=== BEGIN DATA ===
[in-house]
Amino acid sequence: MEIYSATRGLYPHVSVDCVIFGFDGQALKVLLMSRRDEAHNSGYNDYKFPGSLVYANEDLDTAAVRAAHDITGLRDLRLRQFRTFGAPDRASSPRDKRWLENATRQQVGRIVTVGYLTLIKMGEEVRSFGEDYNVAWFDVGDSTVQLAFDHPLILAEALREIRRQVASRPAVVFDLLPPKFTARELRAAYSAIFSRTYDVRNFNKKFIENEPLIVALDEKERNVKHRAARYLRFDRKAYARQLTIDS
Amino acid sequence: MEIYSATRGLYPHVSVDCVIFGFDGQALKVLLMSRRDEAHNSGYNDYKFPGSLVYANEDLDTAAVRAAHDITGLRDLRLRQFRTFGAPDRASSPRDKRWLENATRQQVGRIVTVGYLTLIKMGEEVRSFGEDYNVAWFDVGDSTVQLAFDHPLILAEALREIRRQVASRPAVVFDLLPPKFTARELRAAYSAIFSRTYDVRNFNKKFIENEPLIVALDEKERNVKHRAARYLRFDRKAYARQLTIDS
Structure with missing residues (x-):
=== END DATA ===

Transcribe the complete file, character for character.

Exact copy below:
[in-house]
Amino acid sequence: MEIYSATRGLYPHVSVDCVIFGFDGQALKVLLMSRRDEAHNSGYNDYKFPGSLVYANEDLDTAAVRAAHDITGLRDLRLRQFRTFGAPDRASSPRDKRWLENATRQQVGRIVTVGYLTLIKMGEEVRSFGEDYNVAWFDVGDSTVQLAFDHPLILAEALREIRRQVASRPAVVFDLLPPKFTARELRAAYSAIFSRTYDVRNFNKKFIENEPLIVALDEKERNVKHRAARYLRFDRKAYARQLTIDS
Amino acid sequence: MEIYSATRGLYPHVSVDCVIFGFDGQALKVLLMSRRDEAHNSGYNDYKFPGSLVYANEDLDTAAVRAAHDITGLRDLRLRQFRTFGAPDRASSPRDKRWLENATRQQVGRIVTVGYLTLIKMGEEVRSFGEDYNVAWFDVGDSTVQLAFDHPLILAEALREIRRQVASRPAVVFDLLPPKFTARELRAAYSAIFSRTYDVRNFNKKFIENEPLIVALDEKERNVKHRAARYLRFDRKAYARQLTIDS
Structure with missing residues (x-):